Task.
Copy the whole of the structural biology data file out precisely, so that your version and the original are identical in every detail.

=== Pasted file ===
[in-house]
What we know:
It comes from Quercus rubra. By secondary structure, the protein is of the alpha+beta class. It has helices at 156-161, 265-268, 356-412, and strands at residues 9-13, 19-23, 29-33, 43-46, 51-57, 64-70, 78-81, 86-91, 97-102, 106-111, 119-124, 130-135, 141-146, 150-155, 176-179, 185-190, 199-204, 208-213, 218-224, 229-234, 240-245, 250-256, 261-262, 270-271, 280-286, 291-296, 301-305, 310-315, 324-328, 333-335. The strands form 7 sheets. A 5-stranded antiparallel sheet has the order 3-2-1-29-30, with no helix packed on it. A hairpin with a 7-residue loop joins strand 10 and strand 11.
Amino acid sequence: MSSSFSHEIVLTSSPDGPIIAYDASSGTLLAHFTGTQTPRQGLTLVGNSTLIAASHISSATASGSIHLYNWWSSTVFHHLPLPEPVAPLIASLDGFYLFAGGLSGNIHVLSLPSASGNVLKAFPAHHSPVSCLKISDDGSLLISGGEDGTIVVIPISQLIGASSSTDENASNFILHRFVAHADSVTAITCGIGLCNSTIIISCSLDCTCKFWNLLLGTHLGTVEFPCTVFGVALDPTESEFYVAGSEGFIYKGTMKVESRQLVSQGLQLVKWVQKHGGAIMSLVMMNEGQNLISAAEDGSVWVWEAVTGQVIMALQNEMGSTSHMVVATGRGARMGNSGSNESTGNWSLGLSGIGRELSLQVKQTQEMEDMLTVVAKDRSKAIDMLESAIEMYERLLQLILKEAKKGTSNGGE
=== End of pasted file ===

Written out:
[in-house]
What we know:
It comes from Quercus rubra. By secondary structure, the protein is of the alpha+beta class. It has helices at 156-161, 265-268, 356-412, and strands at residues 9-13, 19-23, 29-33, 43-46, 51-57, 64-70, 78-81, 86-91, 97-102, 106-111, 119-124, 130-135, 141-146, 150-155, 176-179, 185-190, 199-204, 208-213, 218-224, 229-234, 240-245, 250-256, 261-262, 270-271, 280-286, 291-296, 301-305, 310-315, 324-328, 333-335. The strands form 7 sheets. A 5-stranded antiparallel sheet has the order 3-2-1-29-30, with no helix packed on it. A hairpin with a 7-residue loop joins strand 10 and strand 11.
Amino acid sequence: MSSSFSHEIVLTSSPDGPIIAYDASSGTLLAHFTGTQTPRQGLTLVGNSTLIAASHISSATASGSIHLYNWWSSTVFHHLPLPEPVAPLIASLDGFYLFAGGLSGNIHVLSLPSASGNVLKAFPAHHSPVSCLKISDDGSLLISGGEDGTIVVIPISQLIGASSSTDENASNFILHRFVAHADSVTAITCGIGLCNSTIIISCSLDCTCKFWNLLLGTHLGTVEFPCTVFGVALDPTESEFYVAGSEGFIYKGTMKVESRQLVSQGLQLVKWVQKHGGAIMSLVMMNEGQNLISAAEDGSVWVWEAVTGQVIMALQNEMGSTSHMVVATGRGARMGNSGSNESTGNWSLGLSGIGRELSLQVKQTQEMEDMLTVVAKDRSKAIDMLESAIEMYERLLQLILKEAKKGTSNGGE